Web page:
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Tidwell v. Colvin

United States District Court, E.D. Missouri, Eastern Division

August 25, 2014

CAROLYN W. COLVIN, [1] Acting Commissioner of Social Security, Defendant.


CAROL E. JACKSON, District Judge.

This matter is before the Court for review of an adverse ruling by the Social Security Administration.

I. Procedural History

On October 16, 2009, [2] plaintiff Talbott Tidwell filed applications for a period of disability, disability insurance, Title II, 42 U.S.C. §§ 401 et seq., and supplemental security income, Title XVI, 42 U.S.C. §§ 1381 et seq., with an alleged onset date of January 1, 2003, which was subsequently amended to January 1, 2009. (Tr. 219-27, 257). After plaintiff's applications were denied on initial consideration (Tr. 120-23), he requested a hearing from an Administrative Law Judge (ALJ). (Tr. 135).

Plaintiff and counsel appeared for a hearing on April 28, 2011. (Tr. 36-66). The ALJ issued a decision denying plaintiff's applications on March 8, 2012.[3] (Tr. 14-33). The Appeals Council denied plaintiff's request for review on March 26, 2013. (Tr. 1-4). Accordingly, the ALJ's decision stands as the Commissioner's final decision.

II. Evidence Before the ALJ

A. Disability Application Documents

Plaintiff completed Disability Reports in 2006, 2008, and 2009. (Tr. 268-75, 293-99, 355-62). He listed his disabling conditions as learning disabilities, unspecified hearing problems, allergies, borderline diabetes, and poor eyesight. He stated that he was able to read at the third-grade level and perform math at the second-grade level. (Tr. 269). He also stated that he would "go[] off into his own little world, " and that it could take several minutes to get his attention. (Tr. 294). He stated that he needed somebody with him at all times to help him with his jobs. (Tr. 356). He took medication to control his blood pressure. (Tr. 272).

Plaintiff completed a Function Report in 2006. (Tr. 285-92). He stated that he spent his waking hours looking for a job. He could pay bills and count change, but could not manage a bank account. He identified his areas of difficulty as understanding and getting along with others. In 2008, he completed the Missouri Supplemental Questionnaire, with the help of a Social Security claims representative. (Tr. 307-14). He identified reading, math, and memory as his areas of difficulty. He stated that he did not play games or watch television.

Plaintiff's mother and sister completed Third-Party Function Reports in 2008. (Tr. 316-26, 330-37). Plaintiff lived in a boarding hotel at that time and did not drive. His mother drove him to stores, appointments, and to look for jobs. They reported that plaintiff was able to prepare simple meals for himself and, with time and reminders, could complete mowing and household repairs. He could pay bills, count change, and handle a bank account. He could not read written instructions and was "fair" at following spoken instructions. Mrs. Tidwell identified her son's areas of difficulty as hearing, completing tasks, and getting along with others. Plaintiff's sister saw him three or four times a week when she took him to see his probation officer and counselor. She stated that plaintiff sat around and slept and was depressed; she also said, however, that he cooked himself full-course meals every day. He was capable of managing household chores, including mowing, laundry, and cleaning. As to his ability to handle money, plaintiff's sister thought he "messed up" counting change and was unable to manage bank accounts. In addition to the problem areas identified by his mother, plaintiff's sister stated that he had difficulties with understanding, following instructions, reaching, memory, concentration, and handling stress and changes in routine. Plaintiff's mother completed another Function Report in December 2009. (Tr. 366-73). She described plaintiff as "walk[ing] all day with his head cut off" and stated that sometimes he was mad at the world. She also stated that he had "fears of people."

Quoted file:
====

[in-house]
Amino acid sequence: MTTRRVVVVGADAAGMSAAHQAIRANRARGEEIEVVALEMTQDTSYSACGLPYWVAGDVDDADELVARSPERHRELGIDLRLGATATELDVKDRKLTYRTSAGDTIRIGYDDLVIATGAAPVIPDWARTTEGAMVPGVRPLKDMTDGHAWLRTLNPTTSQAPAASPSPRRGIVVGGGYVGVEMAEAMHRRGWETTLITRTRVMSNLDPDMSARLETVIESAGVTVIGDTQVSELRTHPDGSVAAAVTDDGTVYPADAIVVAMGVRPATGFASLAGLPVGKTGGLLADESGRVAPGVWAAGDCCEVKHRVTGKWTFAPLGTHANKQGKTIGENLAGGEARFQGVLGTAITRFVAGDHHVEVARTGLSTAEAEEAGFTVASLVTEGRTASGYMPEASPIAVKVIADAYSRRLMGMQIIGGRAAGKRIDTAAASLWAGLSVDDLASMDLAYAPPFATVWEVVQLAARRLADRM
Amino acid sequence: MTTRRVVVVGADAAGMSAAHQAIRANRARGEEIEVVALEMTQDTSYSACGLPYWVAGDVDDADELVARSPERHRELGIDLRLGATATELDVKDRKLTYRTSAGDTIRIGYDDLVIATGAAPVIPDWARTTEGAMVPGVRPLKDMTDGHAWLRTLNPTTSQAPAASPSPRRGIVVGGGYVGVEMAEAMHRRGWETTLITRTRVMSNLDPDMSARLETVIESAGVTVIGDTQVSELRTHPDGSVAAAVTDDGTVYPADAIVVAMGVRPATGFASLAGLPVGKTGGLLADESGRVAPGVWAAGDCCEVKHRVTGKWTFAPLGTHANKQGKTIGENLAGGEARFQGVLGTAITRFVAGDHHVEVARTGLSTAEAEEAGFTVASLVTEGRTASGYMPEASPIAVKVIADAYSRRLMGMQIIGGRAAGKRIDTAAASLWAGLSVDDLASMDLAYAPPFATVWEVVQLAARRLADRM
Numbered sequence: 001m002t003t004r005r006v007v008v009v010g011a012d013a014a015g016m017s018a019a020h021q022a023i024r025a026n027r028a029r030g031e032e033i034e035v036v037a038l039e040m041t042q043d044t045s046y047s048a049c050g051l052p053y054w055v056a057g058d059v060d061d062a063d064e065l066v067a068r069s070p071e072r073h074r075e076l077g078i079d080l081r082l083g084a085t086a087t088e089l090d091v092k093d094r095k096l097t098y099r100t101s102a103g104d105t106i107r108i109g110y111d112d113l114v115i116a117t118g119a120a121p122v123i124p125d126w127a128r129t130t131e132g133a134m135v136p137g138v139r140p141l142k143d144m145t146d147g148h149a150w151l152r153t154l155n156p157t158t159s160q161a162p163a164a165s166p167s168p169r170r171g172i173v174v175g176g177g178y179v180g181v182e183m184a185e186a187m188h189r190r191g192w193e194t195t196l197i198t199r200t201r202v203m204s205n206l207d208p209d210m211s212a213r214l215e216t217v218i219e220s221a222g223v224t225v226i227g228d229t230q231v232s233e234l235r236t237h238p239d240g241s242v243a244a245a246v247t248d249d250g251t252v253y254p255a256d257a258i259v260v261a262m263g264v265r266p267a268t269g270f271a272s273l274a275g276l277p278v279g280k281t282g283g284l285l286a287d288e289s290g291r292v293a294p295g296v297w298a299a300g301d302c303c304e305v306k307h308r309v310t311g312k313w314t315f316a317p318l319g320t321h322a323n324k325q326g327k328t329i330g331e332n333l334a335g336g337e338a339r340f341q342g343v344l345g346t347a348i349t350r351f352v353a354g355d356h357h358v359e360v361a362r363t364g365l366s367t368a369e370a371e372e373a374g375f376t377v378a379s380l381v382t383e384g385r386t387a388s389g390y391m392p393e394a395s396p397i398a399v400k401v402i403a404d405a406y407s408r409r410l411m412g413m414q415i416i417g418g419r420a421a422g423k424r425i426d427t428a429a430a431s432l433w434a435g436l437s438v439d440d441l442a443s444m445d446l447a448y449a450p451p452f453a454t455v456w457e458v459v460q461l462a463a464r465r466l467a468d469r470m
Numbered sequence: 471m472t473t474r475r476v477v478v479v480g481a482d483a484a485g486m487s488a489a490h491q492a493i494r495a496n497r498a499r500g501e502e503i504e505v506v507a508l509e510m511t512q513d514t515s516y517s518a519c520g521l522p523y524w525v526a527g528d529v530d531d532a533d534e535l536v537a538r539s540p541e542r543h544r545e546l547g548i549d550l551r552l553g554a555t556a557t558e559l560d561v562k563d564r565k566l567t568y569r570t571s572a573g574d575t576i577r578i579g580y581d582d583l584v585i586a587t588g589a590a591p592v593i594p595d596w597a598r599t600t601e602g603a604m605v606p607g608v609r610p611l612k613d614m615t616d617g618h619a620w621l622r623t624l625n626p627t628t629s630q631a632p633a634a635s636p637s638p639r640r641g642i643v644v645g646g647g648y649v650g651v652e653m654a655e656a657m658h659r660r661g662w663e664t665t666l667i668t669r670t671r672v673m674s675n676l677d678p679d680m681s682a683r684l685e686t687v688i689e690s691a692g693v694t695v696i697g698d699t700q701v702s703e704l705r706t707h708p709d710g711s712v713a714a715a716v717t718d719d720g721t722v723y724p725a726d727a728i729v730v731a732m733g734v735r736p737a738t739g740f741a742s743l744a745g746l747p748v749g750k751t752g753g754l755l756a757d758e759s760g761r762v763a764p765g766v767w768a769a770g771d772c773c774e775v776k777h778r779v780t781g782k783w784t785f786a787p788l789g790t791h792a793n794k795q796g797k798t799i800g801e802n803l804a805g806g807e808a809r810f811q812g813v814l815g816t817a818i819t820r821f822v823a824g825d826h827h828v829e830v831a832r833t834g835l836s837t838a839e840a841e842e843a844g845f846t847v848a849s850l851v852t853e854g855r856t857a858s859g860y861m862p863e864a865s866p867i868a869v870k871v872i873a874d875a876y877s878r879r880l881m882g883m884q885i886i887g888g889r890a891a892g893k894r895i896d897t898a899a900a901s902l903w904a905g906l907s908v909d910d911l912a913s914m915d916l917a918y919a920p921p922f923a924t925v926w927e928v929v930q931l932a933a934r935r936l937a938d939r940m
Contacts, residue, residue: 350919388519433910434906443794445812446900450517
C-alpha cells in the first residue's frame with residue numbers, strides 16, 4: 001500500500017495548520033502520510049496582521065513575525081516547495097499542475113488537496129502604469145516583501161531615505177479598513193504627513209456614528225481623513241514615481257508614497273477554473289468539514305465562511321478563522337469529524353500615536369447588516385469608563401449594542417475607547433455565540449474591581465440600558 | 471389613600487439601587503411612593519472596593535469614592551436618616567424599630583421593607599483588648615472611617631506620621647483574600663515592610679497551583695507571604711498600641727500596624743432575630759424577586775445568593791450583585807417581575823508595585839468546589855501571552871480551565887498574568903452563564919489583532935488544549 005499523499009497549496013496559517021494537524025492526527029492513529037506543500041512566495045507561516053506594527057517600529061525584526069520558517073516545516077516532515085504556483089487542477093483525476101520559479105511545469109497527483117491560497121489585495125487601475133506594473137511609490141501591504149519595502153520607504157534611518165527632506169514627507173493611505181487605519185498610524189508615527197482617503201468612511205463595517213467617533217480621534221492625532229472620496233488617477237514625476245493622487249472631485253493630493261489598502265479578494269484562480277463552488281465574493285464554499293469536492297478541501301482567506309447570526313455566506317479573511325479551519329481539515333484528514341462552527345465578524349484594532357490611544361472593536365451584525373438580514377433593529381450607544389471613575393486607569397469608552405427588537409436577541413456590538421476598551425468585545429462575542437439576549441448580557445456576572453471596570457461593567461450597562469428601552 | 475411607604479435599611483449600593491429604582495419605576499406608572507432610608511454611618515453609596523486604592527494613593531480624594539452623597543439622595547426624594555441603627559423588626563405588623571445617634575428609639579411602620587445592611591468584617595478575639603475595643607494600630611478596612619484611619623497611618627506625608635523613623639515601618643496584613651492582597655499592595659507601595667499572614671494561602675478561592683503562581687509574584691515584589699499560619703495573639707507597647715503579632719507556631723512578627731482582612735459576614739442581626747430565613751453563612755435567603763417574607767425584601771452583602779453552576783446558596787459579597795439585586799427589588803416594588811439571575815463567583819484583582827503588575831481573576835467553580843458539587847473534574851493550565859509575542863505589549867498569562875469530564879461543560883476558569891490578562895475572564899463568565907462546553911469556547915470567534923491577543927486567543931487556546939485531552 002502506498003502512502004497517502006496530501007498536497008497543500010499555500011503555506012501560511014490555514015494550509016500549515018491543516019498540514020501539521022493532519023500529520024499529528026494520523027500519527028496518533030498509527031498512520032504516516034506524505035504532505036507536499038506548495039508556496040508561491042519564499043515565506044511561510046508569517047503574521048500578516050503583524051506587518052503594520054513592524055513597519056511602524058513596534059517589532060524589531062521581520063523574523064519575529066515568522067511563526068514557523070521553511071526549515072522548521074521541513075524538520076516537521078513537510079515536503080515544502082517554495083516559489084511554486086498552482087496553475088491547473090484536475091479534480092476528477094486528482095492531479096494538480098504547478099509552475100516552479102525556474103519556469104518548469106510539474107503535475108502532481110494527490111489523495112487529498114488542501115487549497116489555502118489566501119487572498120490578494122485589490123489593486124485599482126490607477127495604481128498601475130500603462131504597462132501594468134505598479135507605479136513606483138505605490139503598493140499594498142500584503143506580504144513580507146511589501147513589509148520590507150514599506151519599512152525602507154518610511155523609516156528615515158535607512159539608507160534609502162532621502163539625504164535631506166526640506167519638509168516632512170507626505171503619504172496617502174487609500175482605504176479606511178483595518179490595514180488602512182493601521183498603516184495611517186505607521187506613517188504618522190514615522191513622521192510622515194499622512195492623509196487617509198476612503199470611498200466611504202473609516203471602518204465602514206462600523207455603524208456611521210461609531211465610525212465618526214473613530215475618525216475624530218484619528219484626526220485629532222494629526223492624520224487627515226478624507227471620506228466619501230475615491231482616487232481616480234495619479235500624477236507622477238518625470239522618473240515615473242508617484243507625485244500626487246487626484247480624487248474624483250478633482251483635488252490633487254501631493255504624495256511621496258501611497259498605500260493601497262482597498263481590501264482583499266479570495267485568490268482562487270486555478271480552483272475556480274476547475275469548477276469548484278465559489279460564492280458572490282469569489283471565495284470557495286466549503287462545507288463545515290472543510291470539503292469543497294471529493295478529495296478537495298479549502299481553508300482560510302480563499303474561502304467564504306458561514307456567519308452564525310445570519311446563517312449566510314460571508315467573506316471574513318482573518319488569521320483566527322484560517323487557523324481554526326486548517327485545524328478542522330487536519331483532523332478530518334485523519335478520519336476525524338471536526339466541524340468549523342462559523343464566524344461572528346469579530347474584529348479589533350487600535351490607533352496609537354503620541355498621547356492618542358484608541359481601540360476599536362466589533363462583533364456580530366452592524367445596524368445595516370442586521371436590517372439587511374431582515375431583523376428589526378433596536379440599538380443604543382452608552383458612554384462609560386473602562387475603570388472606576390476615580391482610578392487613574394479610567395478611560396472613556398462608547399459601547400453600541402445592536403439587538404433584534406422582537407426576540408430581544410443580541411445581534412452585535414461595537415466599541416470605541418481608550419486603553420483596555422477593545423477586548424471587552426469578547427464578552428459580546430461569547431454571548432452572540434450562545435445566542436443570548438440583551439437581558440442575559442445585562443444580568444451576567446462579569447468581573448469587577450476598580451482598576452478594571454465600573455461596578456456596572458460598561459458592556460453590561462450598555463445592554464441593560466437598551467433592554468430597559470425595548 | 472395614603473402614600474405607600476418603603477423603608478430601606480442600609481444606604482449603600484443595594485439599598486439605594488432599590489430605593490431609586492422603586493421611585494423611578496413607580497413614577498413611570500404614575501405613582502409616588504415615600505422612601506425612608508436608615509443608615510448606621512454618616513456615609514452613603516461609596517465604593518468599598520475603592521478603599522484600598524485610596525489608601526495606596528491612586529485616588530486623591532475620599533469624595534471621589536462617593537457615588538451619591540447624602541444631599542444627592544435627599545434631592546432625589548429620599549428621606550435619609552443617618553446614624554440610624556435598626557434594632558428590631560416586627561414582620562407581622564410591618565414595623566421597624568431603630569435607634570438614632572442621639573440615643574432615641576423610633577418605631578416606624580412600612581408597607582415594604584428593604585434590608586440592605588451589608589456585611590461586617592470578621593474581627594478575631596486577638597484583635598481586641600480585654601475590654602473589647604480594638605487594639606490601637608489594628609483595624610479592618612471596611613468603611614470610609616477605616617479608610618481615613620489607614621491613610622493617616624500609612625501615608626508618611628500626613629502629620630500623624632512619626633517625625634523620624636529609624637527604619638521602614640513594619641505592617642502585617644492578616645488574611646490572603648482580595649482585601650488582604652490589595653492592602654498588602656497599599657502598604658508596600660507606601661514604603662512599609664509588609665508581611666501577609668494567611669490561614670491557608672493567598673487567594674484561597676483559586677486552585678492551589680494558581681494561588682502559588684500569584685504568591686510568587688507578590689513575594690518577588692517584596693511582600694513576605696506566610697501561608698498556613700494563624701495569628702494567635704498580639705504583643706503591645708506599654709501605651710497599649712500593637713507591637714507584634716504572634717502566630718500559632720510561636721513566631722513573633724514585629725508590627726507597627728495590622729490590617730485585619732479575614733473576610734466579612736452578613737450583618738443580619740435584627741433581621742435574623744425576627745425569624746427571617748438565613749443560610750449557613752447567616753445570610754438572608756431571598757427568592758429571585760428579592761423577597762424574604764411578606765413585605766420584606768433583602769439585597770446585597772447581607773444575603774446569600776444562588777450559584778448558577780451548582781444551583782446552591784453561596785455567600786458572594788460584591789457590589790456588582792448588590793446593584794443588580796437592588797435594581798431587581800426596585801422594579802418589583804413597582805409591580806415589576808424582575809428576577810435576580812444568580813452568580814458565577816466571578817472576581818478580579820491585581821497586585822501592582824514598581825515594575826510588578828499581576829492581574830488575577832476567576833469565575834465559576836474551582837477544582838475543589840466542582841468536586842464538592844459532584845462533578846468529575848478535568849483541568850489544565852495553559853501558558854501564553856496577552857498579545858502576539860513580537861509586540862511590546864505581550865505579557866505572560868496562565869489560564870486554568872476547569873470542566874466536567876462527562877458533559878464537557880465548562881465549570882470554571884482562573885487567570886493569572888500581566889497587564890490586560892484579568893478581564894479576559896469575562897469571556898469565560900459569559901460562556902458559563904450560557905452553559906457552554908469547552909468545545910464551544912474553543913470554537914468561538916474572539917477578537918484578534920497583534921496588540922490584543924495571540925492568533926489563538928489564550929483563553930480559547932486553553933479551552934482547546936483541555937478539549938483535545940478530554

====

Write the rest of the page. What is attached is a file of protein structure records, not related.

B. Hearing on April 28, 2011

Plaintiff was 36 years old at the time of the hearing. He received special education services throughout his school years and graduated from high school. He was living with a friend in exchange for his food stamps. He had never been married. (Tr. 47-48). He had never had a driver's license, though he was in the process of trying to get one at the time of the hearing. Plaintiff testified that he is barely able to read a newspaper, cannot read menus, and had to have the motor vehicle license test read to him. (Tr. 49). He can write his name but not his address and needs help filling out forms.

Plaintiff last worked at a McDonald's restaurant. He generally spent 5 hours out of every 8-hour shift cleaning the building and picking up the grounds, and three hours cooking. (Tr. 51). He testified that he was fired for not disclosing his prior felony conviction on the job application. However, plaintiff testified that the omission was accidental as he did not see the question on the application. (Tr. 52). Plaintiff worked as custodian for the Meramec County school district from 1990 until 2002 when he was fired after being convicted of a felony. Plaintiff was incarcerated in the Franklin County jail for a period of time. Id . He was arrested again in June 2010 and was incarcerated for 8 months. (Tr. 56).